Thai Green Papaya Salad


A mild short circuit away from Pinoy food results in a favorite Thai side dish… a green papaya salad with a wonderful and substantial, peanut, chili, garlic and lime dressing. I have always ordered this salad at local Thai restaurants to mixed results… sometimes they are good, sometimes they are quite awful. Good for me equals serious flavor. Almost over the top. Nothing subtle. No punches pulled. It is spicy, pungent, salty and sour all at the same time. The papaya is actually just a foil or bearer of the intense flavors that enrobe it. This is the first time I have made it at home, and it was a fantastic version… So you too, can do this at home and make a huge salad for very little money and it is the perfect accompaniment for grilled or fried pork or fish.


The experiment was inspired by an episode of “Chef in Black,” which featured a stunning example of the salad. But I had to refer to my favorite Thai cookbook “thai food” by David Thompson for more guidance. This recipe is essentially Mr. Thompson’s, but altered based on the ingredients I had and the portion I needed. Like many dishes prevalent on the streets of Southeast Asia, measurements are somewhat relative or even arbitrary; each vendor has his/her own version, and you can feel free to tinker with the volumes of ingredients to achieve the taste (really more about balance) you prefer.


Shred 1/2 of a medium sized green papaya, yielding roughly 1.5-2.0 cups. In a mortar and pestle, add two cloves of garlic, peeled, 5 siling labuyo or bird’s eye chillies, and 1/2 teaspoon of kosher salt and start mashing away until you have achieved a rough paste. Then add two tablespoons of roasted unsalted peanuts (PHP20 or less from those nut vendors at local groceries), a teaspoon of lime or dayap juice and about 1 tablespoon of hibe or dried shrimp and mash away again until you get a very chunky peanut buttery looking mixture. Add one native tomato cut up and about 30 1-inch pieces of sitaw or long beans and bruise these slightly. Add all of this to the shredded papaya and bruise it all just a bit more. Add two tablespoons of tamarind paste (thinned if too viscous), the juice of half a lime, 2 tablespoons or less of patis or fish sauce and 2 tablespoons of brown or palm sugar and toss to mix well. Taste and adjust seasonings if necessary.


Serve at room temperature or cold with grilled or fried pork or fish and enjoy! This is really easy to make and utterly delicious to eat. It should pack a powerful flavor profile and pop in your mouth, mixing brilliantly with fatty pork. Now that I have figured out it is so easy to do at home, I think we will be enjoying this dish much more often… (Note: the papaya I used here was already beginning to ripen, perhaps it would have been best 2-3 days earlier; but the resulting dish was still delicious…)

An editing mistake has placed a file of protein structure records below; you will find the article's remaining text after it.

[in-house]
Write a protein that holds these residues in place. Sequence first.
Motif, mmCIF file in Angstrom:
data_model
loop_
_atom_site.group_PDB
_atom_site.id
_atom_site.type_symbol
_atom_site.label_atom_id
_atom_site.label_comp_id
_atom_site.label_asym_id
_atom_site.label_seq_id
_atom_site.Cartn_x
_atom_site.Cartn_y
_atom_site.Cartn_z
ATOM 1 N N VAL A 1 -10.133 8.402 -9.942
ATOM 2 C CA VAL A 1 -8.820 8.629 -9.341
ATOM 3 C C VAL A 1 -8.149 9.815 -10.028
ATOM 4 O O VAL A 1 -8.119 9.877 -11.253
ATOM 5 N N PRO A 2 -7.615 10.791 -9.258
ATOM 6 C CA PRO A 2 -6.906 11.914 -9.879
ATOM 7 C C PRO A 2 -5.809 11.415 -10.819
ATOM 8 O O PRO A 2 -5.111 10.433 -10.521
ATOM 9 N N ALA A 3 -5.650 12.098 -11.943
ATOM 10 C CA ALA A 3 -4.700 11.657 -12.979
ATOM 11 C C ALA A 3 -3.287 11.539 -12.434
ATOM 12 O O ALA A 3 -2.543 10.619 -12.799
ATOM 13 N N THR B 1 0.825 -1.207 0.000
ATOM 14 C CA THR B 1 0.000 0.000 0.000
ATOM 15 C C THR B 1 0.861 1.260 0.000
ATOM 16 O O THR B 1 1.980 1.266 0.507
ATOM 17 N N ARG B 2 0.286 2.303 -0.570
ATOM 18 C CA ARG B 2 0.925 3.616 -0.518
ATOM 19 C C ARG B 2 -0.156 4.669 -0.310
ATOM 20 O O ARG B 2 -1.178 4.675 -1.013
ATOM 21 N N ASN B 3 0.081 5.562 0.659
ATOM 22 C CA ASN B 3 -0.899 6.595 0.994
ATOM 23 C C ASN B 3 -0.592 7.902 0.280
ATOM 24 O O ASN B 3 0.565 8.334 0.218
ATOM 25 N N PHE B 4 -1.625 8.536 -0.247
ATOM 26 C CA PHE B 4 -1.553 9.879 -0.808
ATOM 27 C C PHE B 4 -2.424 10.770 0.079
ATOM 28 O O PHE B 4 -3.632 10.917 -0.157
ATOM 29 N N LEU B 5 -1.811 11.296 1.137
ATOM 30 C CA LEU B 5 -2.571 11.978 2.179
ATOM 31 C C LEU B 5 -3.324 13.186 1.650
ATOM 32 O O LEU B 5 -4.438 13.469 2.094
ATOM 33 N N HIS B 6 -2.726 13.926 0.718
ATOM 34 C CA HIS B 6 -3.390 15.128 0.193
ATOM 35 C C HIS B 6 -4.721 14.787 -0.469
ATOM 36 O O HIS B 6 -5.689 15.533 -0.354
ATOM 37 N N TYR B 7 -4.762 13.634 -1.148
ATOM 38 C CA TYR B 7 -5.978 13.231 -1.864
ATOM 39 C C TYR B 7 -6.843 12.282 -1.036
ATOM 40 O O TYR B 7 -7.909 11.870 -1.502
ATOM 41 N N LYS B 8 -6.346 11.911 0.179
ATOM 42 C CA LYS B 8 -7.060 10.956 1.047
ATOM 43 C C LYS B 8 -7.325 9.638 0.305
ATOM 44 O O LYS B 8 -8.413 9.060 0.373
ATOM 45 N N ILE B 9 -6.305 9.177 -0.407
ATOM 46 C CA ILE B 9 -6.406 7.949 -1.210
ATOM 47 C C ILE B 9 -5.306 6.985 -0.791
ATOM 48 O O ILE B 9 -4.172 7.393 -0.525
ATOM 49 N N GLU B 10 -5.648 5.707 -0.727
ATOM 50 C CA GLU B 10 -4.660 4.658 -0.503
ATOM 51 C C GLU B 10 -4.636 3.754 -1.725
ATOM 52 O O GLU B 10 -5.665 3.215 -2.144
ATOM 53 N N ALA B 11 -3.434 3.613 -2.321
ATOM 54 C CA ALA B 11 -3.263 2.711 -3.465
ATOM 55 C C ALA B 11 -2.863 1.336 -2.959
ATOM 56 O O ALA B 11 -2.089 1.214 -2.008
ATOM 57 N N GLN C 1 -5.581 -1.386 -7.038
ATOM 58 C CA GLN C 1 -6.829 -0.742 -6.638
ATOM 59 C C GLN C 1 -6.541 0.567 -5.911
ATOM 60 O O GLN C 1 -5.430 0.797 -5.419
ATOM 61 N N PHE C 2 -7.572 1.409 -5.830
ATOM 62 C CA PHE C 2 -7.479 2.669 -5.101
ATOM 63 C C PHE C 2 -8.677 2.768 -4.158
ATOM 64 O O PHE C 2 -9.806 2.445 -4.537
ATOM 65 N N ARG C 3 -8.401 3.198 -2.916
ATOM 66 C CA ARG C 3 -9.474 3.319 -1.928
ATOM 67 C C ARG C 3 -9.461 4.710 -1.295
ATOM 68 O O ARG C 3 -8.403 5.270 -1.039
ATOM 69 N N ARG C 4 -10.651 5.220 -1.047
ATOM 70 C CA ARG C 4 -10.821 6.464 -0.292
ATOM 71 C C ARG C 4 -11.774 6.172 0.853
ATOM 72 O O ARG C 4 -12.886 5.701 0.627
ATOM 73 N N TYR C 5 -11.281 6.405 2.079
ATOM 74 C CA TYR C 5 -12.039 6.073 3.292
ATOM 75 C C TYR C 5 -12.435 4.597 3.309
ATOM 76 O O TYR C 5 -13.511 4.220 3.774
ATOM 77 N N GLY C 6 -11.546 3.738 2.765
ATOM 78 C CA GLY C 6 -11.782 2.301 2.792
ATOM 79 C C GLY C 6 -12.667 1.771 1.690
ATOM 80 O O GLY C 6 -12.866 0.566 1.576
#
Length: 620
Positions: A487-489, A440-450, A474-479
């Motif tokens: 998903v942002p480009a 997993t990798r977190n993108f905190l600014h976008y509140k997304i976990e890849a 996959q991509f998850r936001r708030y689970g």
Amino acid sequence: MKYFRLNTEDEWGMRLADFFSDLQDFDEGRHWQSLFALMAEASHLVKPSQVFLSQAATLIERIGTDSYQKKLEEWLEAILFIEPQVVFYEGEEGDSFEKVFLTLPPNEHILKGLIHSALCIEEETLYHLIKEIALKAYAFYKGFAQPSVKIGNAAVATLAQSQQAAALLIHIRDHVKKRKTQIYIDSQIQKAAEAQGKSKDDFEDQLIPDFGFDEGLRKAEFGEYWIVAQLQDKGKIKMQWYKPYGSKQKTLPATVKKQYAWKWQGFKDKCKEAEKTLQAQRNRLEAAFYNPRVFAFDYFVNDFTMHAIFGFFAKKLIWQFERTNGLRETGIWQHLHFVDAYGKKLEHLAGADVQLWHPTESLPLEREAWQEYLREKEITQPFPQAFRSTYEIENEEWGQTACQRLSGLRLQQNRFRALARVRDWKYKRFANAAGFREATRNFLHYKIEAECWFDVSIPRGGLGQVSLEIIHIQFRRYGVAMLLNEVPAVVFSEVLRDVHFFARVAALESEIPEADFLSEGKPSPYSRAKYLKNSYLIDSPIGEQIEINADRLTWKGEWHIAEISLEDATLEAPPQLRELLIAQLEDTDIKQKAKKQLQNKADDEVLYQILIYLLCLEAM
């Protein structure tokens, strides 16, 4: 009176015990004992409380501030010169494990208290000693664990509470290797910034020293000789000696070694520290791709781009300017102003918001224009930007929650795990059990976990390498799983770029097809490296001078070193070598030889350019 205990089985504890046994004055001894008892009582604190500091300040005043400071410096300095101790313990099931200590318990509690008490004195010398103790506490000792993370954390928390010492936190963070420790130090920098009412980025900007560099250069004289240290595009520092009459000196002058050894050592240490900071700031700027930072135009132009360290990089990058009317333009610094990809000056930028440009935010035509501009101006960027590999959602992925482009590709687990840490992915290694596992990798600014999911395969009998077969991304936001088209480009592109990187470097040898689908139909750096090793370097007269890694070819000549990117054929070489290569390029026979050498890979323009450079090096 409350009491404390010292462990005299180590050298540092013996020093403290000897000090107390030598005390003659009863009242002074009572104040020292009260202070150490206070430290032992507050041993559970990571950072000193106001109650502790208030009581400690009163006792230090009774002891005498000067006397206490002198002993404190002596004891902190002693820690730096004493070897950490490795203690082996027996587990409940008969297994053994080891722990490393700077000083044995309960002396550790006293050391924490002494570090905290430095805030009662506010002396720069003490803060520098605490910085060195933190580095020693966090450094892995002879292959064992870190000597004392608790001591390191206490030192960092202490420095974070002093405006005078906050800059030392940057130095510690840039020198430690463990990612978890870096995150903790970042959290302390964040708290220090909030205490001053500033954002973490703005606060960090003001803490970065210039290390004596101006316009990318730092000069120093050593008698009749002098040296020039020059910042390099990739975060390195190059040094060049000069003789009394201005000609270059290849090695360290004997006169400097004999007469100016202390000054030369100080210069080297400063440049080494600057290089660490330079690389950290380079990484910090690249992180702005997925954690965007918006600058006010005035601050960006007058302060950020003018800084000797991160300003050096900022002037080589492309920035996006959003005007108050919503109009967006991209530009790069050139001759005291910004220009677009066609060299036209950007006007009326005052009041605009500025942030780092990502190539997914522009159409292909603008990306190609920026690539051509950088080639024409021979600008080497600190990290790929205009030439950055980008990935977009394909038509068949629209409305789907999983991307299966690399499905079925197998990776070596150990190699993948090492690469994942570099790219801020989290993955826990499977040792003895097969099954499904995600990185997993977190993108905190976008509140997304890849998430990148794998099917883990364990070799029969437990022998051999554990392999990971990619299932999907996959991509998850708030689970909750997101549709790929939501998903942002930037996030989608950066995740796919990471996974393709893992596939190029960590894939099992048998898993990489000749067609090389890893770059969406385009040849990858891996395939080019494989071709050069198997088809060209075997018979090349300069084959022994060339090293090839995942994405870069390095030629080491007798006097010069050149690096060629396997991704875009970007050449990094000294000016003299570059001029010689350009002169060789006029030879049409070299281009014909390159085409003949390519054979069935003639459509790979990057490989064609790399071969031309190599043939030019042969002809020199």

21 Responses

  1. yum! i remember the version they serve in southern thailand. together with the papaya, they also add in some (raw!) kangkong shoots and string beans (sitao). that version tasted really heavenly – sour, spicy, tangy and a bit sweet. i begged to be shown how to make it, after which i never ate that version of papaya salad again! apparently, they put in some raw (!!!) talangka (freshwater pygmy crabs) that has been marinated overnight in a jar of fish sauce. hello lung ang liver flukes. eek!

    i still love papaya salad, but only those without the raw talangka. it is best to use the really green papayas, so you ge them really crunchy.

  2. Papaya salad is very good. Makes me wonder why we did not invent anything close to it. Very unripe papaya must be used to have that nice fresh green color. Lime is not very easy to find here in Manila. Thai and Vietnamese chefs have been using calamansi with good results.

  3. Ten years ago, we lived in Bangkok for 14 months and got to enjoy Thai food. This is officially called “Som Tam” in Thai. However, it is also called “Papaya Pok Pok” — referring to the sound made while you pound the ingredients.

  4. Shouldn’t you salt the grated papaya for an hour then squeeze and drain to remove some of the papain and sometimes “itchy” after taste?

  5. Hi MM, pardon my ignorance but what exactly do you mean when you say “bruise” it? Thanks in advance for enlightening me. :)

  6. bagito, just pound on it a bit, but don’t overdo it. Essentially, you want some of it to look beaten up, but other parts not. The fruit strands will literally appear to be bruised, though shouldn’t discolor like a human’s bruise… :) sister, no need to soak in salt; though I do that for acharra to remove excess water content. In Thailand, the vendors shred this holding the papaya in one hand and a sharp knife in the other, hacking away to make an incredibly good shred. The papaya is then immediately added to their mortar and pestle and the salad made just after you order it. Yum. Lex, yes, greener is better, but this peanut sauce colors the green papaya orangey nevertheless. As for lime, our limes in the groceries and markets here are essentially green lemons. For dayap, it is more difficult to find… though I have a small bush in our yard and it does bear fruit once in a while… champorado, yes, for more authentic versions the roe of the little crabs are added for more flavor…